Tuesday, 12 June 2012

Rails and Railways

Harling Point, Oak Bay
On Sunday I did my Coastal Waterbird Survey from Gonzales Point to Harling Point in Oak Bay . Although the optimum season for the survey runs from fall to spring, it's interesting to see which species can be found during the summer months.
Offshore there was quite a bit of activity with lots of rhinoceros auklets, pelagic and double-crested cormorants, as well as the ubiquitous glaucous-winged gulls, all hitting into a common food source. Despite growing numbers of California gulls at nearby Clover Point, I only found a single bird on the entire count stretch.
Several non-breeding harlequin ducks were present at McMicking Point, while the only shorebirds seen were the resident black oystercatchers.
As the summer progresses I will doubtless see the steady movement of southbound waders, and if I’m lucky something more unusual might well appear along the commoner bird species.

The abandoned railway line by Langford Lake
My daily trundle alongside Langford Lake on Monday was vastly improved by the fact that the sun came out and as a result, so did the insects. Another mourning cloak flitted by, as did a dazzling western tiger swallowtail while a couple of fast moving dragonflies evaded specific identification.
As I walked along the old rail line adjacent to he footpath, three black-headed grosbeaks continued to sing, with two showing well in the glorious sunshine. Also singing but keeping resolutely hidden from view were a couple of Swainson’s thrushes. Closer to the office, an adult chipping sparrow was gathering food for a fledged youngster nearby.

Panama Flats, Victoria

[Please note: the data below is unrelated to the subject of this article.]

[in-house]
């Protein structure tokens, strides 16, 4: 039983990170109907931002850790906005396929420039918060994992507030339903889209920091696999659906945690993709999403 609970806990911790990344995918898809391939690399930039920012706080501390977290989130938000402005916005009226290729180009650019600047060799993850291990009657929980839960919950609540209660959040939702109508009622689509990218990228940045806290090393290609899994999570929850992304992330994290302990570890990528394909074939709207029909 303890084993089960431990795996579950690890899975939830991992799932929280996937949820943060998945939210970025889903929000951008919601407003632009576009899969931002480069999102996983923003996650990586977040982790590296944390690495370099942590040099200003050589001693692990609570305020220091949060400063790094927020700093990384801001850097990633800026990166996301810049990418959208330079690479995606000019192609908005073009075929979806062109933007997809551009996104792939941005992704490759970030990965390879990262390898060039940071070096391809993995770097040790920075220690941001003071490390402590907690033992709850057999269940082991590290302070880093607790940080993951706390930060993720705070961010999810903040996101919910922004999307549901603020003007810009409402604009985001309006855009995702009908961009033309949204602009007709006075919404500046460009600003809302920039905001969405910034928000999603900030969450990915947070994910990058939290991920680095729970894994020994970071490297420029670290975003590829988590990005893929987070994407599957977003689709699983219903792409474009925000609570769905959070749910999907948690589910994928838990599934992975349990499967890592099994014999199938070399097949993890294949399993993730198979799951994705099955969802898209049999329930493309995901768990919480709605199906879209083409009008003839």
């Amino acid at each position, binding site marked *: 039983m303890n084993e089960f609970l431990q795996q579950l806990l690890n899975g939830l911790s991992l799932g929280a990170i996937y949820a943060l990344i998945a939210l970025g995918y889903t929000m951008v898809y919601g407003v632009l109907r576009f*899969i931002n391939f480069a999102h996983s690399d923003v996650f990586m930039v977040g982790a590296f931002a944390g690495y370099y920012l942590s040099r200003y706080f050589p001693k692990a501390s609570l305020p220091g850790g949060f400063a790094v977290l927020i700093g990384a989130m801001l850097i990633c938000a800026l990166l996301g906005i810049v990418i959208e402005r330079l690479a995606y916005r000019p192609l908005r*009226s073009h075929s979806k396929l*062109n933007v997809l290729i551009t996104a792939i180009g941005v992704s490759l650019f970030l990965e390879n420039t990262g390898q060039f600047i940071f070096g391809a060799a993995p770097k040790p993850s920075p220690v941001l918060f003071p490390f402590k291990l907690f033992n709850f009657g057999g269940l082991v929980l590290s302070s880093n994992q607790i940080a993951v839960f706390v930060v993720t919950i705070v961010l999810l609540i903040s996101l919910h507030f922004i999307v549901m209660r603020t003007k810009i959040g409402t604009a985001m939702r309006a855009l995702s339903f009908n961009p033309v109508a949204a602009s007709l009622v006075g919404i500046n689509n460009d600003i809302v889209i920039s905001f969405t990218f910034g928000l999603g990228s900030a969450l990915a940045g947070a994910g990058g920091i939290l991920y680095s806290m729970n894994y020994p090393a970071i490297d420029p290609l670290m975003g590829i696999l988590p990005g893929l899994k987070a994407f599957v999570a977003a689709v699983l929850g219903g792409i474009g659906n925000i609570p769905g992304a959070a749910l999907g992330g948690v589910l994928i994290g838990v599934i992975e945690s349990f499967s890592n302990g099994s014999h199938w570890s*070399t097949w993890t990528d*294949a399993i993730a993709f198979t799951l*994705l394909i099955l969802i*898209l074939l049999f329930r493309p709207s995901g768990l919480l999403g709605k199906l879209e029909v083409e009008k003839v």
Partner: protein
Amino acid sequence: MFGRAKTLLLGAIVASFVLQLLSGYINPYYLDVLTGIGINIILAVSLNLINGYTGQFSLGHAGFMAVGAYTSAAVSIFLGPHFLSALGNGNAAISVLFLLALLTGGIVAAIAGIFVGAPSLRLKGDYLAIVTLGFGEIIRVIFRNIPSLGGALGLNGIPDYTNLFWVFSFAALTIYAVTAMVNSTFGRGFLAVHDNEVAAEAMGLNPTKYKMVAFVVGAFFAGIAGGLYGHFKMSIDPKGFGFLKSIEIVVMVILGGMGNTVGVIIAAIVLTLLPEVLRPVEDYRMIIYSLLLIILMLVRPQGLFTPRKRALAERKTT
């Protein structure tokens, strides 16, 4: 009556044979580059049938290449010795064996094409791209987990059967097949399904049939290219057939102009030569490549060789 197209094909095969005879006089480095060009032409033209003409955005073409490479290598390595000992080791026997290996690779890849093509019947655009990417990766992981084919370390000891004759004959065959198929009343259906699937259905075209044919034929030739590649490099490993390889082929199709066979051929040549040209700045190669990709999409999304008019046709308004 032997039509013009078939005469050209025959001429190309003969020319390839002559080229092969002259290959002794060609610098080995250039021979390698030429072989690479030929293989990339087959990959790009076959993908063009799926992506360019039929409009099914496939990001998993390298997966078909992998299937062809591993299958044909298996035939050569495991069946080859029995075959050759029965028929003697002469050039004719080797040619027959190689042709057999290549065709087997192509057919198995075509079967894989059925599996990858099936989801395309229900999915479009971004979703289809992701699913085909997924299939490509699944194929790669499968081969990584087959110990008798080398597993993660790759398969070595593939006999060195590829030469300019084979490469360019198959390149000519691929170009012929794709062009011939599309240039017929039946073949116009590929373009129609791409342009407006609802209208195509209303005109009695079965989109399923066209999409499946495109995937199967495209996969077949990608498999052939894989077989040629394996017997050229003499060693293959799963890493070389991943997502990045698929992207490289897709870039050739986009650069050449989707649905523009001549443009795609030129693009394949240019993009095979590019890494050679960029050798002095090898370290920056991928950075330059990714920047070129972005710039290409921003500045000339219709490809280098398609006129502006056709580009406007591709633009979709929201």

By late afternoon the clouds had rolled in and it looked as thought some rain might be on the way. Regardless, I headed for Panama Flats after work just to see what was going on there. I was pleased to see that there is still quite a bit of water around, and as a result a reasonable selection of birds.
At least 3 pairs of spotted sandpiper were noted, and a trio of fledged killdeer were keeping their noisy parents on edge. 
There were plenty of Canada geese with goslings at various stages of development and numerous mallard broods were scattered around the site. Unseasonal wildfowl was represented by a couple of pairs of gadwall and, perhaps more surprisingly, a pair of blue-winged teal remain on site.
A Virginia rail, unlike good Victorian children, was heard and not seen as it squeeled away from the depths of the dense vegetation surrounding the small deep pool just south of the grey building.
Just as I was leaving the Flats I noticed the distinctive shapes of two purple martins moving high toward the site. As they approached I was surprised to see a pair of violet-green swallows intercept them, scolding the larger swallows until they drifted off back in the direction from which they’d come. A brief but welcome sight, these were the first purps that I’ve seen this year!

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